After the nurse left old Joe, said to me, "Thanns, Bobth. They forguess
that weeth still hoomans, sometimesth." 

Old Joe died that night. It was his third stroke. I could see myself in
his position, weak, unable to control anything, waiting without hope. 
Waiting to die. I did not like what I saw in my future. I began to 
plan. 

Ten days after my admission, Doc Holiday said I could leave the hospital
next week and go home as long as I had someone to look after me. I 
refused to go and live with Cathy and Robert. I could not stay by self, 
although I thought I might be able to manage if I stayed on one floor. 
I could walk with the aid of a walker and was getting some of the 
feeling back in my arm. Robert had found a vacancy at the retirement 
home that his church sponsored and I was to go there with him on the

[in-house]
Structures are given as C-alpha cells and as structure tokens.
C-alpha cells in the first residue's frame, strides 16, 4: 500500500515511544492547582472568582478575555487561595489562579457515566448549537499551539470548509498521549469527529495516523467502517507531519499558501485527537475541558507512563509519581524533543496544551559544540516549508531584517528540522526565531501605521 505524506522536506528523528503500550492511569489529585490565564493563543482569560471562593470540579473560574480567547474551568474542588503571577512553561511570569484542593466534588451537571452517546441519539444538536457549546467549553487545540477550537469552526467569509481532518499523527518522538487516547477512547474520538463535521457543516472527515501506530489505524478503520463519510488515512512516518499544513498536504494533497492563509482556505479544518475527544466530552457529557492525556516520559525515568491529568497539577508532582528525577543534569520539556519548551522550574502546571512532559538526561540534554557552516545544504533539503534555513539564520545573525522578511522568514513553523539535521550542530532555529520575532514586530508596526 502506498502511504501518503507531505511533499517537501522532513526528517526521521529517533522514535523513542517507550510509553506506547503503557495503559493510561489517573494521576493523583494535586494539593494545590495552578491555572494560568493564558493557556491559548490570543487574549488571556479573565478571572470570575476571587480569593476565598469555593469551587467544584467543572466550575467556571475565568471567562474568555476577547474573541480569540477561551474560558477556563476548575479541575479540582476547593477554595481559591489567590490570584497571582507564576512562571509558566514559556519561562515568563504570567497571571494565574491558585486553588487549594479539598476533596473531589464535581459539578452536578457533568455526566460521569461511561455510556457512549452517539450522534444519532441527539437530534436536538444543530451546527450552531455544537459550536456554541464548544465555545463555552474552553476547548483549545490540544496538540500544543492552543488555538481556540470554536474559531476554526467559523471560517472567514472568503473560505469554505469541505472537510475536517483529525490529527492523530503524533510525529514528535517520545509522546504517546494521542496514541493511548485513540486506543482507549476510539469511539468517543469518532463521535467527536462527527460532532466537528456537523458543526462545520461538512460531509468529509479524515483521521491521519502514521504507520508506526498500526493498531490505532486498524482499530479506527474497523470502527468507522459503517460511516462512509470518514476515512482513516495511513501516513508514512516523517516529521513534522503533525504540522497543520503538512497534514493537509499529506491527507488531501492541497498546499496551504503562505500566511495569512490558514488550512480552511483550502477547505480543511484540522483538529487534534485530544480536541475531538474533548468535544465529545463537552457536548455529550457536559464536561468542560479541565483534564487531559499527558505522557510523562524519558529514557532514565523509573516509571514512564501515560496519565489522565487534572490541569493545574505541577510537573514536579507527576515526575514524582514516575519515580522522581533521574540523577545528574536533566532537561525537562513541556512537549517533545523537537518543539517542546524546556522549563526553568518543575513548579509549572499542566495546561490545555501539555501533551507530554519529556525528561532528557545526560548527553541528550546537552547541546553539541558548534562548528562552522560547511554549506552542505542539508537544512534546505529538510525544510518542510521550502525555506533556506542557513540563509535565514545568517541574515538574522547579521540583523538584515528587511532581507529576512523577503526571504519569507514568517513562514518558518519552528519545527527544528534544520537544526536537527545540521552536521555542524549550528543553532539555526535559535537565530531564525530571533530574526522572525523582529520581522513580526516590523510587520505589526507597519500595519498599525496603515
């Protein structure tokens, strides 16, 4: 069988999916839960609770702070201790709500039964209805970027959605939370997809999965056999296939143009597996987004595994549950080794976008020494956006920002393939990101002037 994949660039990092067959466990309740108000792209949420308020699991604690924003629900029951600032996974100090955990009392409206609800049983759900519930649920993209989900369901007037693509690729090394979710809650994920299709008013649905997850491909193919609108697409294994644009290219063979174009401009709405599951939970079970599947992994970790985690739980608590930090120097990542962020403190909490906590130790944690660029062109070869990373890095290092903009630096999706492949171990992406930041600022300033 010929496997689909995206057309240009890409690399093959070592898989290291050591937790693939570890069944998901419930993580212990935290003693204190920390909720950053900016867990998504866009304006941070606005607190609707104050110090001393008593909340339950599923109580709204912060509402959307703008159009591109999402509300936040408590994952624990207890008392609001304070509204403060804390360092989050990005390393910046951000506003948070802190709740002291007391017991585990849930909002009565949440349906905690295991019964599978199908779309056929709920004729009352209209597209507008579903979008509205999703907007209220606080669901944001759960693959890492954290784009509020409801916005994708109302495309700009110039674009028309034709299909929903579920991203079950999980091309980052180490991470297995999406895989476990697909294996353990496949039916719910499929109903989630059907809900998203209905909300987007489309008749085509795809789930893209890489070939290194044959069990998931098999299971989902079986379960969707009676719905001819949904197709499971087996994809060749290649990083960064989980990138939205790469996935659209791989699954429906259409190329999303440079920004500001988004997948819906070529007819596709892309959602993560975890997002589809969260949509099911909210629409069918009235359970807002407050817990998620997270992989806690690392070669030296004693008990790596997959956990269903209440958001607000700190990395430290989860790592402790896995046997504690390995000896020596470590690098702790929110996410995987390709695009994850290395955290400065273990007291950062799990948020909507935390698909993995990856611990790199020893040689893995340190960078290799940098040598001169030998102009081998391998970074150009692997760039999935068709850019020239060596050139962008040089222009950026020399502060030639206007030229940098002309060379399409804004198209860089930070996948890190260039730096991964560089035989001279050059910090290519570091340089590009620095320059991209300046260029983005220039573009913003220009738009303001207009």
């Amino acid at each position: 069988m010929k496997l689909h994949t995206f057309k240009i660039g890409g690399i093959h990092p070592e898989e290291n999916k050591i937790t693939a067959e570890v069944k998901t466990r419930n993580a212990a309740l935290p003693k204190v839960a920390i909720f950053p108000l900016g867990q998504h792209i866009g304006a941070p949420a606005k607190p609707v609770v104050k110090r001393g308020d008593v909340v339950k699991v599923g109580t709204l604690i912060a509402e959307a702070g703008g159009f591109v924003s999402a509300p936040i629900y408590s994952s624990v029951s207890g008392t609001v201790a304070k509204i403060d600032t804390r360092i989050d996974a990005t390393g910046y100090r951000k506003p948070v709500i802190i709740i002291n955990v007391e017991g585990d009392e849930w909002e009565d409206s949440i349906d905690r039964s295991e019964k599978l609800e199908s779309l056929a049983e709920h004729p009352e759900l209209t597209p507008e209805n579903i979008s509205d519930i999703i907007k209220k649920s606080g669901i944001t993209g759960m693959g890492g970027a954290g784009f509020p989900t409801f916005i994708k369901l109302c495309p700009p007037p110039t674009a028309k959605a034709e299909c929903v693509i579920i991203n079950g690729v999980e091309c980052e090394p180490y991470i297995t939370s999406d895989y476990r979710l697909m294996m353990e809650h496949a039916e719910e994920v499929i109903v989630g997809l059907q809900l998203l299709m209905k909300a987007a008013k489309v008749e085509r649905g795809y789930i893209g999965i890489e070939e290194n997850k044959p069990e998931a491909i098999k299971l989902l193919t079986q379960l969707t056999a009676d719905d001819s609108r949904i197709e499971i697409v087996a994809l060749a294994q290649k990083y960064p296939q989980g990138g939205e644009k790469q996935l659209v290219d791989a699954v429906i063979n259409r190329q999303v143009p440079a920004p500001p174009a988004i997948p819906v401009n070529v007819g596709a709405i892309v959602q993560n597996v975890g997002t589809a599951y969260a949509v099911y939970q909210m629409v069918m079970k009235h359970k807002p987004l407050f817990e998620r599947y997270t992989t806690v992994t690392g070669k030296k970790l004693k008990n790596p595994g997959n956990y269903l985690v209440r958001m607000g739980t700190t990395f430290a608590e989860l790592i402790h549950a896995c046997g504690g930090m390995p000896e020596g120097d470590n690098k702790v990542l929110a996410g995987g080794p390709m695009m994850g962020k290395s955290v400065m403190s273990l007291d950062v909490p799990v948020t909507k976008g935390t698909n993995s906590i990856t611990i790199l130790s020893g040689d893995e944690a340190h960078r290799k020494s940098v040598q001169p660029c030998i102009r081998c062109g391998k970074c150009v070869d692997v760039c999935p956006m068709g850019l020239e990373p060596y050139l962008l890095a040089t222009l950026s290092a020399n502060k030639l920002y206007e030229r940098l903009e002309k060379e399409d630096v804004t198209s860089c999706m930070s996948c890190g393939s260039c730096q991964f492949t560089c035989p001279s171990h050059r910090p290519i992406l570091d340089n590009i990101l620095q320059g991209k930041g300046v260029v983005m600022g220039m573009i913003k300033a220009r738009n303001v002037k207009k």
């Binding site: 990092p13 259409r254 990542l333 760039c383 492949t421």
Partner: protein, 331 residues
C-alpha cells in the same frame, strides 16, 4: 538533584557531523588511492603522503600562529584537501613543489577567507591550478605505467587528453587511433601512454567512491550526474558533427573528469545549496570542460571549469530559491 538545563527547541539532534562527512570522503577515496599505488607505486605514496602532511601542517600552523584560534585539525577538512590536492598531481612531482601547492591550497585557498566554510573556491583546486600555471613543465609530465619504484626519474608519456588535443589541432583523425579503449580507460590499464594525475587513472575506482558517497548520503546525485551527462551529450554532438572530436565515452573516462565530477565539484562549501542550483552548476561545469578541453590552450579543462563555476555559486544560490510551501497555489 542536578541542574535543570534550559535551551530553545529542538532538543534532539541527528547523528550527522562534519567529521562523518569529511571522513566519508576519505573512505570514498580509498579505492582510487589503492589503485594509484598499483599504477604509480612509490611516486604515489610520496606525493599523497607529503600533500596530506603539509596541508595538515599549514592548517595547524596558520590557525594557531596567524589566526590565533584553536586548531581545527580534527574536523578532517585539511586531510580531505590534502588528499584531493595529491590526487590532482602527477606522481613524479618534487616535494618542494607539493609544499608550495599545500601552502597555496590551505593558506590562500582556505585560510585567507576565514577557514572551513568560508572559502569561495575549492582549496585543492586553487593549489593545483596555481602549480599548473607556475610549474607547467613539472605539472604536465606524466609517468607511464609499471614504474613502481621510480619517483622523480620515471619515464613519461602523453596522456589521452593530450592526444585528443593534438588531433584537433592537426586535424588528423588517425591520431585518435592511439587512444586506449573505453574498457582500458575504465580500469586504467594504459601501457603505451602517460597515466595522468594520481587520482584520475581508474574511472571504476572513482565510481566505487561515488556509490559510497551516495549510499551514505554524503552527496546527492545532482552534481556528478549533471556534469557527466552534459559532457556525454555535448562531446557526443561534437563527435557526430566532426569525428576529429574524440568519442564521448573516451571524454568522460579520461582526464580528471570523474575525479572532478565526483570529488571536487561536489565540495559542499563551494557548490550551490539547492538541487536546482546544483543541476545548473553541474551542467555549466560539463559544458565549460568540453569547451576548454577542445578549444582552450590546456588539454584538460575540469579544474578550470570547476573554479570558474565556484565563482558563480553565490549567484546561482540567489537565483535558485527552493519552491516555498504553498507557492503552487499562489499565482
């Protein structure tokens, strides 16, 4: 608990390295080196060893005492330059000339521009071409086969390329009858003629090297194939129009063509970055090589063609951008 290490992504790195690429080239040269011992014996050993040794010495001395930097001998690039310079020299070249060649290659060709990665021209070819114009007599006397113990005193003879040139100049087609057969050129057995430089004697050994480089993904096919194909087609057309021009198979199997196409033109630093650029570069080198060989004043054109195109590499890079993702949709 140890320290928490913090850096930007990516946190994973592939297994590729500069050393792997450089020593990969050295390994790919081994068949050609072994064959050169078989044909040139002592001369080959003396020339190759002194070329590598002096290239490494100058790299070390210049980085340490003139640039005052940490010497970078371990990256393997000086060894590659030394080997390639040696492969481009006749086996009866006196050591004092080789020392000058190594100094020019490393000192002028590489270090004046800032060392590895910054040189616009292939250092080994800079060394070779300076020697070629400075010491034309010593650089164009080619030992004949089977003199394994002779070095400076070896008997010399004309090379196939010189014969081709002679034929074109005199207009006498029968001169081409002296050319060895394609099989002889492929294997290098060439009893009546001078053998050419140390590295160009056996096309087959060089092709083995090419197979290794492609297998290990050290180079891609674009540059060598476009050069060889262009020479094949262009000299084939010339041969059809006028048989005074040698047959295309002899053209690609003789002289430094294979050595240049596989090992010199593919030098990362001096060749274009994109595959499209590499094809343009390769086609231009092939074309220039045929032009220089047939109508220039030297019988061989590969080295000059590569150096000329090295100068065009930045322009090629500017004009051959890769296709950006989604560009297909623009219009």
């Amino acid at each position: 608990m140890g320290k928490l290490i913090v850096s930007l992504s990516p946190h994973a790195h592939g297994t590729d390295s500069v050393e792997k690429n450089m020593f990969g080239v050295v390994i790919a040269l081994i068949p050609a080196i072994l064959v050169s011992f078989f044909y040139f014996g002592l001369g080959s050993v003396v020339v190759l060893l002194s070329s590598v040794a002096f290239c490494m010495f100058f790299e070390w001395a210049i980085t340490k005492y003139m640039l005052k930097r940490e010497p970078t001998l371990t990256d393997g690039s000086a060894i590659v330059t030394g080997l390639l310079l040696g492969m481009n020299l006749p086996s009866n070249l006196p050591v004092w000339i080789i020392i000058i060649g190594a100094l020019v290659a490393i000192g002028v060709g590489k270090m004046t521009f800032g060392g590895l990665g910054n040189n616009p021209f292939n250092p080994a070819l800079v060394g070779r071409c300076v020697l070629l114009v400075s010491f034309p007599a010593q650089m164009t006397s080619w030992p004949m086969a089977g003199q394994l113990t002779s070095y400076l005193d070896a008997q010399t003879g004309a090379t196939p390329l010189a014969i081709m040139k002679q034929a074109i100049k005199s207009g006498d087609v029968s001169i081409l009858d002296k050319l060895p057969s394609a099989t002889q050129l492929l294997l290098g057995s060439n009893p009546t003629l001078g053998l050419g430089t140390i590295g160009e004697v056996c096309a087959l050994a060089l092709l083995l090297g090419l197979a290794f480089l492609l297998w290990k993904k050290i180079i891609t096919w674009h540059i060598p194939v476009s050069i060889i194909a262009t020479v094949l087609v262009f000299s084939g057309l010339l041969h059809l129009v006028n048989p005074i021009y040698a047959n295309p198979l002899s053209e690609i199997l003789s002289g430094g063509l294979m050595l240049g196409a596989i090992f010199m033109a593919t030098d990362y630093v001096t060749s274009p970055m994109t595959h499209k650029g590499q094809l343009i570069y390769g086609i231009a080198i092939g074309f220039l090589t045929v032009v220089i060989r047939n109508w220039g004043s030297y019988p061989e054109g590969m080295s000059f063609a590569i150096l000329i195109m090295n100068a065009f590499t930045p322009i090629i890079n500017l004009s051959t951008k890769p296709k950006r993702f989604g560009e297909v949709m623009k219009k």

morrow to look at it. I agreed, buying time, to see if I could manage 
on my own at home. 

Doc Holiday came with the bad news that afternoon when he should have
been in his office looking after sick people. They had found a small 
tumour somewhere in my head and were now considering an operation. The 
chances were that it was growing very slowly but it might have 
contributed to my stroke. I should talk it over with the family and let 
him know. It would be three or four weeks before surgery and I could go 
home in the meantime. I asked him not to tell the family just yet. I 
wanted some time alone to think about it. 

Robert signed me out of the hospital at 2:00 p.m. the next day for a